One of the toughest parts of most English language courses is the part that deals with structure and syntax—the sort of thing that diagramming teaches. However, for one reason or another many students just don’t get diagramming. Instead of traditional diagramming, you might prefer to use Winston Grammar.
Winston Grammar has both Basic and Advanced sets. All students should begin with the Basic set. Although the Advanced set does some review, it assumes familiarity with the components and methodology introduced in the first set.
Winston Grammar uses key questions and clues for word identification. Rather than constructing diagrams, students begin by laying out color-coded cards in a horizontal fashion that correlates with the sentence under study. Then they use symbols and arrows to “mark up” sentences on their worksheets, showing parts of speech. There are larger colored cards that lead students through strategies for figuring out word functions within sentences. It begins by identifying only articles and nouns, but progresses up through prepositional phrases and predicate nominatives. Overall, it is a much more multi-sensory approach than most others.
The Basic Winston Grammar set teaches parts of speech, noun functions, prepositional phrases, and modifiers. It can be used with students at least fourth grade level or above. It includes a teacher manual, student workbook, and the cards, all of which are stored in a heavy-duty vinyl case. Four quizzes, a pre-test and a post-test are included in the student book. Extra student packets (student workbook and a set of cards) can be purchased since each student needs his or her own set.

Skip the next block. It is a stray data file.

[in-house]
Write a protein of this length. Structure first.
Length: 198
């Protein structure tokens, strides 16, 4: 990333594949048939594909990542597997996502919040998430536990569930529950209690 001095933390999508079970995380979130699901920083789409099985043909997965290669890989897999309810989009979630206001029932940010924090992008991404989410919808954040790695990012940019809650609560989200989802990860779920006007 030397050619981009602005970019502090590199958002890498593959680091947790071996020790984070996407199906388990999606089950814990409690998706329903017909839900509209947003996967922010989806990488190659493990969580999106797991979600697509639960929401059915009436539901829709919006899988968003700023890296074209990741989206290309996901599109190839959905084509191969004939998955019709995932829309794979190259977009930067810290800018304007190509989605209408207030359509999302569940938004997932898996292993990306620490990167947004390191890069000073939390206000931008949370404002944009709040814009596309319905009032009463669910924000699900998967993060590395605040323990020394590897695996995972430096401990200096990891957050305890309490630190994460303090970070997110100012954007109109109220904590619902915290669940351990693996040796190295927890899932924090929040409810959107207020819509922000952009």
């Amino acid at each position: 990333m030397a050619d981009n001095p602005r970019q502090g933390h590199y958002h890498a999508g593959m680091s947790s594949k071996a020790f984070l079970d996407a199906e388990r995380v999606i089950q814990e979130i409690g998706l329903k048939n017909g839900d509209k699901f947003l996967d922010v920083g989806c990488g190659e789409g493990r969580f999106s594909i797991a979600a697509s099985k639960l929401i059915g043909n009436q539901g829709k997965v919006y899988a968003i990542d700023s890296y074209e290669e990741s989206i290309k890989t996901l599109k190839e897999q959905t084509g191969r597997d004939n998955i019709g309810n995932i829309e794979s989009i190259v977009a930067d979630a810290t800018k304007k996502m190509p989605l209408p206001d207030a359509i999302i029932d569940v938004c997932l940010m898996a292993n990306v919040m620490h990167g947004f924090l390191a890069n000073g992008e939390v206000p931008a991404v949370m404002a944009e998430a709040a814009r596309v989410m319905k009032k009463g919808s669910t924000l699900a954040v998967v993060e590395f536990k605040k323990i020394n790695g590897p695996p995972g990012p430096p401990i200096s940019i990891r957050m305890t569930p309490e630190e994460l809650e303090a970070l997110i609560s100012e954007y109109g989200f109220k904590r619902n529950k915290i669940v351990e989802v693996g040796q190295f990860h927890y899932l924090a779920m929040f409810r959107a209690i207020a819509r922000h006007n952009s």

In addition to the above, there is also an optional Supplemental Workbook for extra practice. This workbook corresponds exactly with the original in content and difficulty, offering “more of the same” for those students who need it. It comes with an answer key, but workbooks can be purchased without answer keys for additional students.
Once students have mastered the basic course, they should continue with Advanced Winston Grammar, but not before seventh grade. This level moves on to more complex noun functions, reflexive pronouns, possessives, gerunds, infinitives, participles, and various kinds of clauses. Some of these sentences get very tricky! I think many of the lessons are fun for a parent and student to work through together, sort of like trying to solve a puzzle.
Precious Memories also publishes Winston Word Works: A Usage Program ($27). This is a complementary program that focuses on the most common usage errors such as subject-verb agreement, use of personal pronouns, use of who/whom, correct forms of indirect object pronouns, and comparative and superlative forms of adjectives. (The components are similar to the other courses, but there is an additional quiz in the student book.) This course builds upon the Basic Winston Grammar procedures for identifying sentence elements. It can be used any time after completing the Basic set. You might use Winston Word Works between the two courses if a student completes the Basic set in fourth or fifth grade or if you want to save the Advanced set for high school.